Stephen Laskey
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Notices October 15th - 21st  

The Rector will be away from Saturday, October 21st -27th.  In the event of an emergency, please contact a warden via the parish office.  The phone will be checked for messages.  

Concert and Tea November 18th - On Saturday afternoon, November 18th at 1:30pm, St. Helen's is pleased to present our organist and choir director, Mr. Mathew Ma in concert with Soprano, Lambroula Pappas.  Tea in the upper hall the concert.  Both the concert and tea are included in the ticket price of $15 per person.  Tickets will soon be available.  This is a great opportunity to invite friends and family.  We are counting on the congregation to get the word of this wonderful musical event out and around in support of St. Helen's music programme.  

St. Helen's Chicken, Beef, Seafood, Appetizer, and Much More Fundraiser is underway! Please bring in your order forms with payment by Sunday, Oct 29th.  Your order will be ready for you at the church on Sat, Nov 4th at 10:00 am. Please consider sharing an order with another person if the size seems too much for you.  Zip Lock bags will be supplied on pick up day. Contact Kelly Foulds or Lynn Turner for further information.  

Church and Hall Heating Systems and Electrical Work - A message from the Wardens and Treasurer: Over this year our heating systems in the church and in the hall have had to have repairs well above the amount allowed for in our budget.  Both the furnace and boiler have kept up with our heating needs very well but, from time to time, they do require more than the simple regular maintenance.  This has been the year for that extra maintenance.  In addition, the church has required some electrical work to be done particularly for the vestry area.  We are asking everyone at St. Helen's to make an extra donation in order to meet the costs of these repairs.  The funds from our regular giving envelopes, Christmas Bazaar, and other fundraisers etc. between now and the end of the year are already allocated to meet our budget.  We are asking for donations over and above your regular giving to meet this need of about $3000.  Please mark your envelope 'Special Appeal'.  We know the people of St. Helen's always step up to the plate when asked.  So thank you in advance for your generosity.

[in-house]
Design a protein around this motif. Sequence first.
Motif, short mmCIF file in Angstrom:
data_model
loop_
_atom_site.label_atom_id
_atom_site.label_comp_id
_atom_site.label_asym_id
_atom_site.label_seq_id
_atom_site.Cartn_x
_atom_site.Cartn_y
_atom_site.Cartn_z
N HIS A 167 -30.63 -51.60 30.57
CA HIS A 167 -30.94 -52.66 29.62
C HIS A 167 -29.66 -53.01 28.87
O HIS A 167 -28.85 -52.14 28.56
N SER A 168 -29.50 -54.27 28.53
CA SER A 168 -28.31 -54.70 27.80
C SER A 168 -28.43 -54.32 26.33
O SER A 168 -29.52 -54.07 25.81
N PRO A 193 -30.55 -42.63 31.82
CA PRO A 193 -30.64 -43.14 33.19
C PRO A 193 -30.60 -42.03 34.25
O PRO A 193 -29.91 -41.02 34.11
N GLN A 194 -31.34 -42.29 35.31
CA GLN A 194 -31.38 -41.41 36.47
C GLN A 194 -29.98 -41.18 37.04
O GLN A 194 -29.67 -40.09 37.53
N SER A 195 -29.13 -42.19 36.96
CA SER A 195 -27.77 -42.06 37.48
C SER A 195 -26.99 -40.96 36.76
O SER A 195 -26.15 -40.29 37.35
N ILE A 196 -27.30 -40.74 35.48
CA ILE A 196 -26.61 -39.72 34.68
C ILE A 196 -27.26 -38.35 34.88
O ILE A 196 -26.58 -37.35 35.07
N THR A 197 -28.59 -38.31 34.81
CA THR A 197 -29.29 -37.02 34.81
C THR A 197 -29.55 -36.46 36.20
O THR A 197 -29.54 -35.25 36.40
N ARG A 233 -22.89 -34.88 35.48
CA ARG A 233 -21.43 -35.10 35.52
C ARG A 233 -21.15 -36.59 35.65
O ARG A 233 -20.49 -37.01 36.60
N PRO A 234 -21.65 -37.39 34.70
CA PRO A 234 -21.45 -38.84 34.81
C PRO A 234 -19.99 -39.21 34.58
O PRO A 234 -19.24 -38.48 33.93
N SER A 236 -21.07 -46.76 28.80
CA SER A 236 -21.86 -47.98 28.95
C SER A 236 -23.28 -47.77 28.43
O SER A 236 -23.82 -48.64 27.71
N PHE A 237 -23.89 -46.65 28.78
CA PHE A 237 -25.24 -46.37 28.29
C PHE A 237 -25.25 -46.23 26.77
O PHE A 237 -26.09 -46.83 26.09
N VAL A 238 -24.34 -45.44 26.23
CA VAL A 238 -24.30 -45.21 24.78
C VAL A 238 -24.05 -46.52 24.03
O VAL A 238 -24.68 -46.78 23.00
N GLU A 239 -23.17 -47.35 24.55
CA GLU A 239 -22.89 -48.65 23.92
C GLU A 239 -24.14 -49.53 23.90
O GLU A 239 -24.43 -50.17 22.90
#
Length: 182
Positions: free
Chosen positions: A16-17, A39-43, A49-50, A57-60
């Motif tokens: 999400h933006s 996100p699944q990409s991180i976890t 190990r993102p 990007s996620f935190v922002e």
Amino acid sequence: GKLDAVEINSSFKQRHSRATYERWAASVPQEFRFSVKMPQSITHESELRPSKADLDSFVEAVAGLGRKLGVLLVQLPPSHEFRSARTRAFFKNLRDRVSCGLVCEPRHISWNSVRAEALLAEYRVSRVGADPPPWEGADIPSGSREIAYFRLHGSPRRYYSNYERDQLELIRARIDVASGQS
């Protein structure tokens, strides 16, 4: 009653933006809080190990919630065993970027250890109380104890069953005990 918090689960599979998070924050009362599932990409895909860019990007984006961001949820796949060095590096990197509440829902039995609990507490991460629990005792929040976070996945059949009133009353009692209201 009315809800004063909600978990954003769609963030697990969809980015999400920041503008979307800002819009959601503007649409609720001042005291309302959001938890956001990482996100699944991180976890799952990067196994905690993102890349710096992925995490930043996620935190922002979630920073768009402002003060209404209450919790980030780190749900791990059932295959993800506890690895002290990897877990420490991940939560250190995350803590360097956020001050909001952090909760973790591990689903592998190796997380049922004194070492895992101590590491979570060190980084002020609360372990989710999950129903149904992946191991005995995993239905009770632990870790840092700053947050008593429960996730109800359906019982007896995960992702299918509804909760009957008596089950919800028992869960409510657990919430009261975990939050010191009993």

Perfumes and Scents in the Church and Parish Hall  In recent years we have all heard of the problems associated with breathing and the triggers that cause people real difficulties.  In the last year, a number of parishioners have approached the wardens and rector in reference to their own difficulty breathing.  The difficulty comes when members of the congregation, including both men and women, are wearing scents, colognes, and perfumes to church and other events in the parish hall.  For some people, the throat begins to close or constrict and breathing become can become severely restricted.  This, of course, is quite serious, very scary, and can easily lead to a medical emergency.  It has nothing to do with disliking a particular fragrance or scent.  The church council discussed this concern at its meeting on September 19th.  The result is that the council is requesting members of the congregation, of their own volition, to refrain from using perfumes, colognes, and scents so that others who are easily affected may breathe easy.  We hope everyone will be understanding of this.